Trade bank assistant investment manger Esther Alon, who confessed to the police embezzling an estimated NIS 250 million from the bank, in recent years duly reported vacation days but came to work, TheMarker has learned.

Bank of Israel regulations clearly state that workers in sensitive positions, such as branch managers or investment advisers have to take annual vacation of 14 successive days.

These instructions are designed to make it difficult for workers to embezzle or to carry out other illegal operations with customer monies.

The big banks said they are very strict about this procedure. There are banks that take an even more rigorous approach, favoring employee transfers between branches. The regulations of the central bank say that a branch manager cannot serve in the same position over five years.

Alon, who probably didn't want to arouse her superiors' suspicions, reported vacation days but continued coming to work. She knew that if she was absent from the bank the embezzlement may be discovered, for instance by a customer requesting a bank statement from another employee.

The authorities are expected to investigate the issue of vacation, and try to establish how was it possible that nobody at the bank noticed that Alon worked despite reporting vacation.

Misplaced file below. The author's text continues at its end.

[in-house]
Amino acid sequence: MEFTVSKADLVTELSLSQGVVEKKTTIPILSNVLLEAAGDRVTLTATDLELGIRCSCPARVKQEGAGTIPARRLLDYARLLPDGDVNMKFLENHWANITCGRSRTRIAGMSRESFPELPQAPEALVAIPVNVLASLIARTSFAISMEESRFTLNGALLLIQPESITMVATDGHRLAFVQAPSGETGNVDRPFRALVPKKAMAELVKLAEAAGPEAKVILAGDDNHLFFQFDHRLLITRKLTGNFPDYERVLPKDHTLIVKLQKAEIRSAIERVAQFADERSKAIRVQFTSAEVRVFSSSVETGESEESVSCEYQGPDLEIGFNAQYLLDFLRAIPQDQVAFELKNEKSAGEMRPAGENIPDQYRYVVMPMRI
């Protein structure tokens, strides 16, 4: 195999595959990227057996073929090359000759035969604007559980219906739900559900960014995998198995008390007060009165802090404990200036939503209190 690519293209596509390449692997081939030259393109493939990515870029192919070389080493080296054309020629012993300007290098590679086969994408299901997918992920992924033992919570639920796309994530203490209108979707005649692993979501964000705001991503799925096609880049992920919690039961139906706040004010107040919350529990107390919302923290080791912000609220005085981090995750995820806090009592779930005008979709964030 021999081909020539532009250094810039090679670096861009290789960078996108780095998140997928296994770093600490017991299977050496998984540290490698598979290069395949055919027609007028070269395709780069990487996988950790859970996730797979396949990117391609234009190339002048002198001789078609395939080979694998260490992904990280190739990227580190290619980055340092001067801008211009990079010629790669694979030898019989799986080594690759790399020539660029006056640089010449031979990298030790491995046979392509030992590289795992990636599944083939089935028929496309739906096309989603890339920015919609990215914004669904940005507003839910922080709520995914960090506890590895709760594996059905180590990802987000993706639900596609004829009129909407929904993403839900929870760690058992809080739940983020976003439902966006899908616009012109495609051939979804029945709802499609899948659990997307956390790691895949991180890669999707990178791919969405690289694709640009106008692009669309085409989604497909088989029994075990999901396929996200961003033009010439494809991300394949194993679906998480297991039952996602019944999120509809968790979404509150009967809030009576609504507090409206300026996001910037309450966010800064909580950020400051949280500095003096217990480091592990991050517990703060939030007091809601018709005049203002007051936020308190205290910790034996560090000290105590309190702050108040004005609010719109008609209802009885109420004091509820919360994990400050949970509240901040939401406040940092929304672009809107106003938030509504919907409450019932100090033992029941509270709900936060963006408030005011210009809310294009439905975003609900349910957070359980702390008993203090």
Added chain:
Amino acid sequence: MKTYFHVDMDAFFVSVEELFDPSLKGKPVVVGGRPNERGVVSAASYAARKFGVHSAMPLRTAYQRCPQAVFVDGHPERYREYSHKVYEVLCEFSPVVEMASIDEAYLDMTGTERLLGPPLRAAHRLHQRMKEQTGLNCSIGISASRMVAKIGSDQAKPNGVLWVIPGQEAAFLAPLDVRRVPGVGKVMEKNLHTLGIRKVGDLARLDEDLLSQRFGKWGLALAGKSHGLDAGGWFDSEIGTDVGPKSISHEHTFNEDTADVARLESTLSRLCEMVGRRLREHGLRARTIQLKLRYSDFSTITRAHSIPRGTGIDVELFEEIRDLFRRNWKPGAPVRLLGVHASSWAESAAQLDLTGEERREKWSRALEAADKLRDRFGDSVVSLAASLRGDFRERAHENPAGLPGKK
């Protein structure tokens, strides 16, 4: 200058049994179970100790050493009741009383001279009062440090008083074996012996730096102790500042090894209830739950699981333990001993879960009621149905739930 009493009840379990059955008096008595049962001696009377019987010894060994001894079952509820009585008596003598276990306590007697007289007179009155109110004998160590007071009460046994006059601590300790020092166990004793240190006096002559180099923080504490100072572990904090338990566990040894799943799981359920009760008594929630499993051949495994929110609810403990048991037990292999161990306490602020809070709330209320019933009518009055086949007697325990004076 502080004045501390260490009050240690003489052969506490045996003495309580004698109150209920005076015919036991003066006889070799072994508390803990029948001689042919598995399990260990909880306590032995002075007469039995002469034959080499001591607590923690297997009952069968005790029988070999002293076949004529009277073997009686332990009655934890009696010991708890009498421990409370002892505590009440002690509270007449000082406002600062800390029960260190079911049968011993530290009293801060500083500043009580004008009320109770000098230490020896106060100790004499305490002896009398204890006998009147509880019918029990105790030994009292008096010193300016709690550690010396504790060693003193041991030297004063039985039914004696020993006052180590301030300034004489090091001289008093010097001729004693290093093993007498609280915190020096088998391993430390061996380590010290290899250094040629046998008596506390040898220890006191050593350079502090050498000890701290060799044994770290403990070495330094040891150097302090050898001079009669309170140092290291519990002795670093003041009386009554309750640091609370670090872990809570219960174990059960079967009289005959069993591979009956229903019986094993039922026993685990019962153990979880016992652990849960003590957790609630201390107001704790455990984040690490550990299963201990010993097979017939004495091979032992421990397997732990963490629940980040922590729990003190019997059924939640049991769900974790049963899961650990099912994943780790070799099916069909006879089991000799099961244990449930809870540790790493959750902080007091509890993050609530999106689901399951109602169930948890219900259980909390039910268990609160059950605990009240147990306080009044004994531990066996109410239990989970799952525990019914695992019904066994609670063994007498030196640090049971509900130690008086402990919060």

Nicole Krau reports: Meanwhile the police said that as soon as the Prohibition on Money Laundering Law came into force, Alon decreased the amounts stolen from the bank, which she distributed among a larger number of bank checks. This is hindering the investigation because Alon didn't roll bank checks only through "real" accounts, but also through fictitious accounts. Thus, whenever the investigation comes to a dead end, the police have to petition the court for a document discovery order, and obtain from the bank the identity of the relevant account holder, the police said.